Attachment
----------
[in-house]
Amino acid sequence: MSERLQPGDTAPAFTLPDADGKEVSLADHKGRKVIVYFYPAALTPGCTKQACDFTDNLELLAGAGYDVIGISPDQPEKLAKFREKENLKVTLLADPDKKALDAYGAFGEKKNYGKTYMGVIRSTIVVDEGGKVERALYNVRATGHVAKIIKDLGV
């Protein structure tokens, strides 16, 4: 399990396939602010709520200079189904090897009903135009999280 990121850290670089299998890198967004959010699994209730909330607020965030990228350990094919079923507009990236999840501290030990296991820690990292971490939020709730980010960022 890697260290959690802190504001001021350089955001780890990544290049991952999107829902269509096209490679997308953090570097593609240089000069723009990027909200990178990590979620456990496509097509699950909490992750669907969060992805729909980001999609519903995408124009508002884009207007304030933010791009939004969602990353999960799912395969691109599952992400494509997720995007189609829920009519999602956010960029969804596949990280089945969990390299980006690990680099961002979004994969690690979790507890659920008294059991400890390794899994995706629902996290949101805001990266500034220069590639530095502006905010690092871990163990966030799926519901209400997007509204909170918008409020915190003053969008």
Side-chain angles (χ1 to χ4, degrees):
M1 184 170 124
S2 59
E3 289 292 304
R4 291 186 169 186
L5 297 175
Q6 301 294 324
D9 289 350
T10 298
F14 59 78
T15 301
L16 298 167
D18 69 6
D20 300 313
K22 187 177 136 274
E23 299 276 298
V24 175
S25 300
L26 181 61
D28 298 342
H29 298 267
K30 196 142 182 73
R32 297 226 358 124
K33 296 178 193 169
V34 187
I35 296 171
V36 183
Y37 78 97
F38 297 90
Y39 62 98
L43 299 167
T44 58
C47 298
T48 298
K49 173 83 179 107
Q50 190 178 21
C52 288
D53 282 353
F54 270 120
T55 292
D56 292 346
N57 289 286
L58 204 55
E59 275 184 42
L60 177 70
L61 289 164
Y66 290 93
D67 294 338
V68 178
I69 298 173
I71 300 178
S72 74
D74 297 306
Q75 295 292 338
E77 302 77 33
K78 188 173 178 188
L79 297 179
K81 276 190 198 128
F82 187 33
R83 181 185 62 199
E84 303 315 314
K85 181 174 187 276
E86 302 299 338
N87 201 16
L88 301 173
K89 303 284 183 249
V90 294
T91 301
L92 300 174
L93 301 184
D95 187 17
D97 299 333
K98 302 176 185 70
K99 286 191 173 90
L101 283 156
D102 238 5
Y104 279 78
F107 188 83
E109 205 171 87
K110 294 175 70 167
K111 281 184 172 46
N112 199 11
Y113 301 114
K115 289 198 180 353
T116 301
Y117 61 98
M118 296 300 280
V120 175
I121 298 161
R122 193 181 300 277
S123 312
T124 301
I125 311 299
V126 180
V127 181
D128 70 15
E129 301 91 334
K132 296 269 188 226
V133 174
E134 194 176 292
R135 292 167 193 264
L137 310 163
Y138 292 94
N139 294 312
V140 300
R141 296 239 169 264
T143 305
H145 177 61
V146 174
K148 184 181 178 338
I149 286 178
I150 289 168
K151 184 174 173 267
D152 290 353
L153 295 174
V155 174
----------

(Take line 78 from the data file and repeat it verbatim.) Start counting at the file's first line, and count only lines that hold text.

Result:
L101 283 156